×

On the Origin of Good Moves

The way a beginner becomes a strong chess player is much like the progress of the chess game. This popular idea is why many renowned chess instructors, such as former world champions Garry Kasparov and Max Euwe, emphasize the importance of studying chess history.

Unloading free sample in the PDF.

€23.99
Sold out
Notify me when available
Description

The way a beginner develops into a strong chess player closely resembles the progress of the game of chess itself. This popular idea is the reason why many renowned chess instructors such as former World Champions Garry Kasparov and Max Euwe, emphasize the importance of studying the history of chess.

Willy Hendriks agrees that there is much to be learned from the pioneers of our game. He challenges, however, the conventional view on what the stages in the advancement of chess actually have been. Among the various articles of faith that Hendriks questions is Wilhelm Steinitz's reputation as the discoverer of the laws of positional chess.

In The Origin of Good Moves Hendriks undertakes a groundbreaking investigative journey into the history of chess. He explains what actually happened, creates fresh perspectives, finds new heroes, and reveals the real driving force behind improvement in chess: evolution.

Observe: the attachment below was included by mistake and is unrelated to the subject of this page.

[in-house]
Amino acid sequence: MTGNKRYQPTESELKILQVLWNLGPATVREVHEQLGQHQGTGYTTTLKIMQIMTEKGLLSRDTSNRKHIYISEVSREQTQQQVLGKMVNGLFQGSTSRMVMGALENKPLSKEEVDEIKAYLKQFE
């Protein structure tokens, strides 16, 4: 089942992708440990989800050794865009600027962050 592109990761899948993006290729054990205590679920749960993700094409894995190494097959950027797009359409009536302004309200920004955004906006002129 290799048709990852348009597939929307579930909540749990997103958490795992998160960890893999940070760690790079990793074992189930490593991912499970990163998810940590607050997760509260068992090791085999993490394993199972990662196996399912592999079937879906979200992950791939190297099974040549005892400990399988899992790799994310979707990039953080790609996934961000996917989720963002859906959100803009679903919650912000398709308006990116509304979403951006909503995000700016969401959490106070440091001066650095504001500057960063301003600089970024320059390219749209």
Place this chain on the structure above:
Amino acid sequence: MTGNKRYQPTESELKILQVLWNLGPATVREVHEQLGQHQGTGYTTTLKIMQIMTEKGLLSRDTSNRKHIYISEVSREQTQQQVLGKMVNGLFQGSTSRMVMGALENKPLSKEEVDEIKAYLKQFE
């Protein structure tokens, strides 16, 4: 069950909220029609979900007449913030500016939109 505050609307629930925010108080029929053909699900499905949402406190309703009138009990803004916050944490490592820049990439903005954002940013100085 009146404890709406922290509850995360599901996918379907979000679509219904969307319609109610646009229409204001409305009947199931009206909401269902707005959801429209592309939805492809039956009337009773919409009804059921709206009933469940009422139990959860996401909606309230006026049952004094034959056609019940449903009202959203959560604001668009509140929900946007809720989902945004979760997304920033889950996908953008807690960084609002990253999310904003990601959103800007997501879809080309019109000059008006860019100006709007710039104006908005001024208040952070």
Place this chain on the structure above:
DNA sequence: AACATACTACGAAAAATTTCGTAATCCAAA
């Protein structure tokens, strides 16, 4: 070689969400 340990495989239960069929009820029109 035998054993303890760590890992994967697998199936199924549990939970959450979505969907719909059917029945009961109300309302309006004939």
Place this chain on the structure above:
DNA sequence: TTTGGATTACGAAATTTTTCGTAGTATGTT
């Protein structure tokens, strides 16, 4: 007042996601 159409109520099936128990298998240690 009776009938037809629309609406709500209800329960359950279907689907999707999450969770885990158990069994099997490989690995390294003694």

This thought-provoking book is full of beautiful and instructive new material material from the old days. With plenty of exercises, the reader is invited to put themselves in the shoes of the old masters. Never before has the study of chess history been so entertaining and rewarding.

International Master It 's Willy Hendriks (1966) has been working as a chess trainer for over 25 years. His acclaimed bestseller Move first, think later won the English Chess Federation Book of the Year Award.

Product Details
NC-4884

Data sheet

Product Type
Paper
Language
English
Theme
Training
Level
Club
Author
Willy Hendriks
No. Pages
432
Year published
2020
Measurements
17 x 23,5 cm
Reviews
También te puede interesar
€29.76
"To win a game it is enough to be a little better than your opponent. To make this happen, especially when you are facing a strong player, you must force your opponent to solve practical problems. You must put them in...

Menu

Settings

Create a free account to use wishlists.

Sign in